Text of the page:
- A study of more than 2400 individuals hospitalized for an eating disorder found that 97% had one or more co-occurring conditions, including:
- 94% had co-occurring mood disorders, mostly major depression
- 56% were diagnosed with anxiety disorders
- 20% had obsessive-compulsive disorder
- 22% had post-traumatic stress disorder
- 22% had an alcohol or substance use disorder
- Approximately one in four people with an eating disorder have symptoms of post-traumatic stress disorder (PTSD).
6. Self Medicating with Substances
While trying new substances in the teenage years is considered normal and a way to navigate many social situations, teens may also turn to drugs or alcohol as a way to cope with emotional pain or mental health struggles, which can exacerbate their issues and lead to addiction.
7. Slipping Grades
A sudden drop in academic performance might result from concentration difficulties from underlying mental health challenges such as anxiety, depression, or an attention disorder.
8. Sleeping Problems
Insomnia, oversleeping, or erratic sleep patterns can indicate stress, anxiety, depression, or other emotional difficulties that affect a teen’s overall well-being.
9. Self Harm
Engaging in self-harming behaviors such as hair pulling, cutting, bruising, etc., can be an alarming sign of emotional distress or mental health disorders. These behaviors often stem from a need to express pain or regain a sense of control. If you notice or suspect your teen is self harming, seek professional help immediately.
10. Difficulty Making Decisions
If you notice your teen struggling to make decisions, even minor ones, this may reflect heightened anxiety and a lack of self-confidence, potentially linked to broader mental health concerns.
Remember that while these behavioral issues could be signs of underlying mental health struggles, each teen’s experience and reasons for their behavior are unique. If you notice these behaviors in your teenager, don’t hesitate to discuss them. And after an open and honest conversation, it’s advisable to seek professional help from mental health experts or counselors to provide additional guidance and support.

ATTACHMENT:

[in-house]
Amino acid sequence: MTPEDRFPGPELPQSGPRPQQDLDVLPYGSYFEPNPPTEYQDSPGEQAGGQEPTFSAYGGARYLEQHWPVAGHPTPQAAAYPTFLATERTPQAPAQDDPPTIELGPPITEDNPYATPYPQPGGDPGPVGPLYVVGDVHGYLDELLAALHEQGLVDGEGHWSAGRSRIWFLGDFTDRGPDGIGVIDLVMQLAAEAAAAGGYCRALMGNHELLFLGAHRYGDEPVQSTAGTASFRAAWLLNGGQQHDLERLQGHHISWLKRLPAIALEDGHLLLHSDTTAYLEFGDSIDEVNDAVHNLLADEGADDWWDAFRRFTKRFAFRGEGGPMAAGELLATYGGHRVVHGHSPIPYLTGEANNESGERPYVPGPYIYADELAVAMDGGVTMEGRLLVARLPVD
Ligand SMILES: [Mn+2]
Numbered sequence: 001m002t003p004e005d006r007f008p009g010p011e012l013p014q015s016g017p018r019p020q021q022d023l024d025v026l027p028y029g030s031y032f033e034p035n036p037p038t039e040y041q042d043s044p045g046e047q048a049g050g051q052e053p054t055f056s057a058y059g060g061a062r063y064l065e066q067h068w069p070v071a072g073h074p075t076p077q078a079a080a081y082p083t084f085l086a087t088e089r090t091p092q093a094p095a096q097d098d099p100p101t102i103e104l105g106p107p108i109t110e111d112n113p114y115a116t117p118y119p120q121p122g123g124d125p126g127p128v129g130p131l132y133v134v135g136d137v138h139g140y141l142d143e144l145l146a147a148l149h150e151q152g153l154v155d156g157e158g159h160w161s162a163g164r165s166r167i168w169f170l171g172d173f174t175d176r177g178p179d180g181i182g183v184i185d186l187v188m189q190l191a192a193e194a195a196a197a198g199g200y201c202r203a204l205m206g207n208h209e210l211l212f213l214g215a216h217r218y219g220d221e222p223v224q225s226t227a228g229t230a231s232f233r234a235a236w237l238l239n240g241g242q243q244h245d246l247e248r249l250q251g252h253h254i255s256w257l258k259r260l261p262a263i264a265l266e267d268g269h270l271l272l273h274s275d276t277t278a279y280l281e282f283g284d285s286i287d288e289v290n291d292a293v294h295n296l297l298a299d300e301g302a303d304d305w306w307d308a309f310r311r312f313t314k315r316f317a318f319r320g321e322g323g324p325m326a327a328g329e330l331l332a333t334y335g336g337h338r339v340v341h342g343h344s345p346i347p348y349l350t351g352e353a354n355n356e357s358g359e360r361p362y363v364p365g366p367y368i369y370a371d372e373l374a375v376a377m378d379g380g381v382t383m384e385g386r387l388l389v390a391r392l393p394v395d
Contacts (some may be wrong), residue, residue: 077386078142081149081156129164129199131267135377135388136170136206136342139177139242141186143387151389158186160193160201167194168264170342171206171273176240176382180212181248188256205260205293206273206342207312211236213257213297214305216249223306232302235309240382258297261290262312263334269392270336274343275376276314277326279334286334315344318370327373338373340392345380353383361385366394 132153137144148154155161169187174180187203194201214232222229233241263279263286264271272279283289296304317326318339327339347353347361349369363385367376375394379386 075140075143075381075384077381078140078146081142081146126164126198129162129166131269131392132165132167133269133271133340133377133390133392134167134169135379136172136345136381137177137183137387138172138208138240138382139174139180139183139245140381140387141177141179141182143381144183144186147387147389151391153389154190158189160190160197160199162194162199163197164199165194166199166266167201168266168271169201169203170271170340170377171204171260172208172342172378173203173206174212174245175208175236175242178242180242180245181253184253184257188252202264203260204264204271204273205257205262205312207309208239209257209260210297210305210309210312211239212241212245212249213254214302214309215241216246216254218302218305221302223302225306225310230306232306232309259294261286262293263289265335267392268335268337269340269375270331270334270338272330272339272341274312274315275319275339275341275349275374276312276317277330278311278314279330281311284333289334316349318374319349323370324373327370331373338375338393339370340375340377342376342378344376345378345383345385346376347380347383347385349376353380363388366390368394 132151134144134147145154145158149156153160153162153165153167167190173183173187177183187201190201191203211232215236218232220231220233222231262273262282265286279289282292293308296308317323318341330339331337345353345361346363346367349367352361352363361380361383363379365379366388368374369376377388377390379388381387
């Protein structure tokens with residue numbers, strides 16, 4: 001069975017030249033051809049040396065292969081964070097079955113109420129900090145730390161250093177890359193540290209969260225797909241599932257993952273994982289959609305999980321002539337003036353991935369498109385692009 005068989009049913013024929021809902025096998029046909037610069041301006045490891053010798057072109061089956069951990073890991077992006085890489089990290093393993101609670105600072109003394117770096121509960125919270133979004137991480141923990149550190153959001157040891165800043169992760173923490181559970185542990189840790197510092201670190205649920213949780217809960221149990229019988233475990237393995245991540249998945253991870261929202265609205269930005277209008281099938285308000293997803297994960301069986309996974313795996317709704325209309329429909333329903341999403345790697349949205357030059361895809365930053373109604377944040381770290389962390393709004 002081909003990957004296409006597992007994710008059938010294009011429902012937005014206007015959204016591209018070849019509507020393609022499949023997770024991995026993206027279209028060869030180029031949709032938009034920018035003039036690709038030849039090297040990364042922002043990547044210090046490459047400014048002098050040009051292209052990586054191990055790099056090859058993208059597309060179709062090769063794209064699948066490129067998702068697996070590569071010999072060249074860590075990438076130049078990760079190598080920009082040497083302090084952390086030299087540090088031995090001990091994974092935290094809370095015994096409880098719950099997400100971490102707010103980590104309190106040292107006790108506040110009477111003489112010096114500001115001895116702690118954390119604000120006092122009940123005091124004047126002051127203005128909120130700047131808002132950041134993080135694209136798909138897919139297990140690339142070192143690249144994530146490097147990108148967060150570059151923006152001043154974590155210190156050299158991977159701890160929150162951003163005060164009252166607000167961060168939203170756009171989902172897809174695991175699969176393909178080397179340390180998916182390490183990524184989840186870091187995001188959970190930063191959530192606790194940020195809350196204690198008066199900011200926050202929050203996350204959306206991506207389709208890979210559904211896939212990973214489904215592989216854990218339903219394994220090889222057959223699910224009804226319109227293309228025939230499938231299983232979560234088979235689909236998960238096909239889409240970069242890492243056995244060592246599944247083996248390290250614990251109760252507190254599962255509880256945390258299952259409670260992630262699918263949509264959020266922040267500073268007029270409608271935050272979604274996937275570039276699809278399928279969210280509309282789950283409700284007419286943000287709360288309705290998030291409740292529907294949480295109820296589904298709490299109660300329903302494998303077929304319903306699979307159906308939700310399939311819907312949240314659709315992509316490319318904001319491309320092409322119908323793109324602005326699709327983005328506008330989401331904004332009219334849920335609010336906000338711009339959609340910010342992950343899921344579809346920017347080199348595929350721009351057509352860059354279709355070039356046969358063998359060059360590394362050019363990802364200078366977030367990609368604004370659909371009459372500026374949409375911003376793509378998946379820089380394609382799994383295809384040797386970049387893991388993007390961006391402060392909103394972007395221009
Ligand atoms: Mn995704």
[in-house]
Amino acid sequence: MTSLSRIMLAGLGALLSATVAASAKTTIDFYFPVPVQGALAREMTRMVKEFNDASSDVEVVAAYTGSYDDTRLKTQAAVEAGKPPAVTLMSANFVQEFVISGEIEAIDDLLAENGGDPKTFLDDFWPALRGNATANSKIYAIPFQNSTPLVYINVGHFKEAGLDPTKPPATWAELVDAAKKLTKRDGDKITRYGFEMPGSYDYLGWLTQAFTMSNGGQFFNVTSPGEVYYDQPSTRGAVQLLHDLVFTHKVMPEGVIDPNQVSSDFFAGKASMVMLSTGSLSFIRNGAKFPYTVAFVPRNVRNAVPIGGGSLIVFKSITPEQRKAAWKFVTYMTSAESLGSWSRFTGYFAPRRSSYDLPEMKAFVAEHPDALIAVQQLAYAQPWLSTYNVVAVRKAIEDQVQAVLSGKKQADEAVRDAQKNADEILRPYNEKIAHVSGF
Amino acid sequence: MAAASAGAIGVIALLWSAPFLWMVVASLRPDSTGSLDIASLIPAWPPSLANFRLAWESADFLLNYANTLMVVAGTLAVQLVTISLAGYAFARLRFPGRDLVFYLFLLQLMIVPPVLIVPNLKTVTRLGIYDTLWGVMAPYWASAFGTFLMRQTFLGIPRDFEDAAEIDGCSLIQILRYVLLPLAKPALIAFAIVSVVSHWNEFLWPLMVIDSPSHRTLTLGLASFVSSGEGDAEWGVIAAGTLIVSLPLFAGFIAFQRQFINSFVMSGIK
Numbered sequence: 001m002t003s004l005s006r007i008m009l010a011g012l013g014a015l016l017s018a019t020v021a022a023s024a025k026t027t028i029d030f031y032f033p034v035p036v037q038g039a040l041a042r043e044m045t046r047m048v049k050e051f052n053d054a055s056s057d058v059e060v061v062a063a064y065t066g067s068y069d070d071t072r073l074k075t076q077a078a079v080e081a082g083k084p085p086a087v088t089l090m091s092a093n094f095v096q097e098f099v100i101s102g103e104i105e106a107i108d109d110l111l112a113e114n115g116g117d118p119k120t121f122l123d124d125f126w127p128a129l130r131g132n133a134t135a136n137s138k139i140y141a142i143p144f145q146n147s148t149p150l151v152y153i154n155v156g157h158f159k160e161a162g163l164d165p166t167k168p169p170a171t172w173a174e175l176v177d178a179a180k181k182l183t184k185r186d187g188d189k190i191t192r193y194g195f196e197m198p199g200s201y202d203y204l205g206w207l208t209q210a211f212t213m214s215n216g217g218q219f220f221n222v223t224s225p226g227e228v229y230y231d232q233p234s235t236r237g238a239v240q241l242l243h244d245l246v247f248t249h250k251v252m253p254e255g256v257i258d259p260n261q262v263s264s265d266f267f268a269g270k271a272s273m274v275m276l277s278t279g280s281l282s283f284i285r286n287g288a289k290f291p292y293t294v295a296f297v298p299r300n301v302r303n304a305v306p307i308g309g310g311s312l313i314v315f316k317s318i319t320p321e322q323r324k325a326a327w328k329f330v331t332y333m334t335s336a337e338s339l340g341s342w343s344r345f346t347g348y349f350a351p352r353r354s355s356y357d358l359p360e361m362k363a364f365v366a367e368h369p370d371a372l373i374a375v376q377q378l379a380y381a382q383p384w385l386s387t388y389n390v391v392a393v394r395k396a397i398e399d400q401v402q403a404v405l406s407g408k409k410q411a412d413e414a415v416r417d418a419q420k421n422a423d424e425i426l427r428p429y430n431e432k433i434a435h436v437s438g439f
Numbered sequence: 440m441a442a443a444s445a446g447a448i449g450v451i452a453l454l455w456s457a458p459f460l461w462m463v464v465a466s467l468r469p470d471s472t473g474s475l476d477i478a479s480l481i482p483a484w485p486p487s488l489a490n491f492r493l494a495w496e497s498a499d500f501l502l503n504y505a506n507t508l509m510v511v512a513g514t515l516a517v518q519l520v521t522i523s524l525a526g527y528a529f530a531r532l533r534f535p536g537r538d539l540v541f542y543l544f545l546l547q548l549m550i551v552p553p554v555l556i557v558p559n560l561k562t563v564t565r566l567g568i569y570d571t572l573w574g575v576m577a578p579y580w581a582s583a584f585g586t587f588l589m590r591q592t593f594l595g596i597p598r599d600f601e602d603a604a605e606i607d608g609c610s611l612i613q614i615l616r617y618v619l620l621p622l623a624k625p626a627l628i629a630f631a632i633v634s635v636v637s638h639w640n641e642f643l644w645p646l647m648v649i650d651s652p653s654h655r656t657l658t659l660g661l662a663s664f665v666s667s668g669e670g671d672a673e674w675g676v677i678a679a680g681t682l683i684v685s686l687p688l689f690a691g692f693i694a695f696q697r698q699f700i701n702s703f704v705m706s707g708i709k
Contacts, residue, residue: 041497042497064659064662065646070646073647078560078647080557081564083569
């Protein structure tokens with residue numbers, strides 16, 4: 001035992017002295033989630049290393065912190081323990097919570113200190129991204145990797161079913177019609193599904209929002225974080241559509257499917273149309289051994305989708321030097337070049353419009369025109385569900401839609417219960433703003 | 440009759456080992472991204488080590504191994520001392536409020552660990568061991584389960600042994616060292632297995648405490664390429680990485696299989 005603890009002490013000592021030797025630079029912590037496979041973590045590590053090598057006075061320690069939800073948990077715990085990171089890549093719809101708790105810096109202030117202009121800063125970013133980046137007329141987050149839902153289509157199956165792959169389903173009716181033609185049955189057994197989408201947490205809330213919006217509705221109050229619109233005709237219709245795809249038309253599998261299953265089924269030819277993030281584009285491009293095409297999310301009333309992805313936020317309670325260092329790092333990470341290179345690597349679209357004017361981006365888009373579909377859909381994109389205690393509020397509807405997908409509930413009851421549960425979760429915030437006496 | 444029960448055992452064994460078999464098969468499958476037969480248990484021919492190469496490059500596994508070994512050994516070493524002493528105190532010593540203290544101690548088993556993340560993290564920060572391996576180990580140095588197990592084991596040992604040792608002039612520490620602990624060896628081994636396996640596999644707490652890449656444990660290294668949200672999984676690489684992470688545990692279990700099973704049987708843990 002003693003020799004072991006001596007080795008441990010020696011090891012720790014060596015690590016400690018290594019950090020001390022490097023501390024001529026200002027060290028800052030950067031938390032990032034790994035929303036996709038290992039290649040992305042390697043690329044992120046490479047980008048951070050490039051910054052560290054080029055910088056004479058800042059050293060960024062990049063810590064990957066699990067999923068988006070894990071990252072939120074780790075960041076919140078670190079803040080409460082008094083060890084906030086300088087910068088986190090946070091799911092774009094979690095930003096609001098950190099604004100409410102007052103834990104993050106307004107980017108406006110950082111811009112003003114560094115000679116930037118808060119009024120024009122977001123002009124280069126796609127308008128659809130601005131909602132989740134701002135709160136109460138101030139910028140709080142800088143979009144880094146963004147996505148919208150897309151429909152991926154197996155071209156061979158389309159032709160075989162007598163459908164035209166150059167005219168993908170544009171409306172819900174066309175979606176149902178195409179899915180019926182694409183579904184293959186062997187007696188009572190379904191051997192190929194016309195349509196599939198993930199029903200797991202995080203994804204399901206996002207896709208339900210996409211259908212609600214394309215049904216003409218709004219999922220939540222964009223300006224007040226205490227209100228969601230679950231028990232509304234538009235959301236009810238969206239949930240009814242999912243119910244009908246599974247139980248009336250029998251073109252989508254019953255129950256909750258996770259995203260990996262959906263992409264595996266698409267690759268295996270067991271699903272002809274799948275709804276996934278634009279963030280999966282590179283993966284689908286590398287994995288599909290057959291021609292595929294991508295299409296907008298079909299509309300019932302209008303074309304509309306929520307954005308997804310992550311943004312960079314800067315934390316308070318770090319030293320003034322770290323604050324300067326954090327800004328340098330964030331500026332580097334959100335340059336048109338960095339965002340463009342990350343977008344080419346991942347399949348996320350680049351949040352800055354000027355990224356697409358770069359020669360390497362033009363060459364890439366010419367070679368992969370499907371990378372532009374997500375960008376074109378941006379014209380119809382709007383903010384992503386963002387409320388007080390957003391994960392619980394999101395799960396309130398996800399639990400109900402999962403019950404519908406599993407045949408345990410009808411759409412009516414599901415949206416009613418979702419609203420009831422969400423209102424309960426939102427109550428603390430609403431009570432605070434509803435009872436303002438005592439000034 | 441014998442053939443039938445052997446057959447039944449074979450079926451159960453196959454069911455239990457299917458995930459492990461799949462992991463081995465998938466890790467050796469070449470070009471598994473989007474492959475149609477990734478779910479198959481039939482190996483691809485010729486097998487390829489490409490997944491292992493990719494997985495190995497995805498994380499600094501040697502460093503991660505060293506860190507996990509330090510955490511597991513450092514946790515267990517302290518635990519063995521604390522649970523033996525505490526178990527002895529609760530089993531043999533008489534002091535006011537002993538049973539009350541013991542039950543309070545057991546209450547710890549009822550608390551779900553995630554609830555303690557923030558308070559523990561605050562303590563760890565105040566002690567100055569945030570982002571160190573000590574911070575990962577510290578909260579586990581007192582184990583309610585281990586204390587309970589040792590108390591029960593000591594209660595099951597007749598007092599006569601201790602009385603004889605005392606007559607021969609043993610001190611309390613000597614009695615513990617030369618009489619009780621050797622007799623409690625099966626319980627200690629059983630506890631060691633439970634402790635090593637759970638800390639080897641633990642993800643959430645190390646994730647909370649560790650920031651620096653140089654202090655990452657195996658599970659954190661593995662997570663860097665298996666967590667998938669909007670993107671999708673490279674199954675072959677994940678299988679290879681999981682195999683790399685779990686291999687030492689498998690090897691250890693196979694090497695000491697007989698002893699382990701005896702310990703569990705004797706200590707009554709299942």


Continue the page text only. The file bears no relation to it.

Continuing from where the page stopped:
What Can Parents Do?
Protective factors can reduce a teen’s risk of mental illness and behavioral issues by reducing social isolation, academic achievement, opportunity and support in pursuing interests, and physical and psychological safety. Having support like this helps young people cope with difficult emotions and situations, which is essential for staying healthy as their brains develop and grow.
Protective factors for mental health can be biological, psychological, environmental, or family-based. Examples of these protective factors that parents can support are positive development, healthy habits, good self-esteem, emotional regulation, connectedness with peers, a stable, well-structured home life, supportive relationships with family members, community mentors, academic achievement, opportunity and support in pursuing interests, and engagement within the community, school, and neighborhood.
During childhood and adolescence, the brain develops rapidly, making it crucial to introduce supportive, protective factors that encourage positive mental health. Parents can take steps to mitigate the risk of mental illness and support their growing child or teen.
Seeking the help of a professional mental health treatment provider is an essential first step when dealing with behavioral issues in teens, as professionals can more easily lend an empathetic ear due to their years of work with the unique experiences of adolescents and young adults facing mental health issues.
To learn more about mental health disorders or to seek the help of a mental health professional, do not hesitate to call Turnbridge. Turnbridge is a recognized mental health treatment provider with both inpatient and outpatient programs for young men and women. Call 877-581-1793 to speak with a treatment specialist today.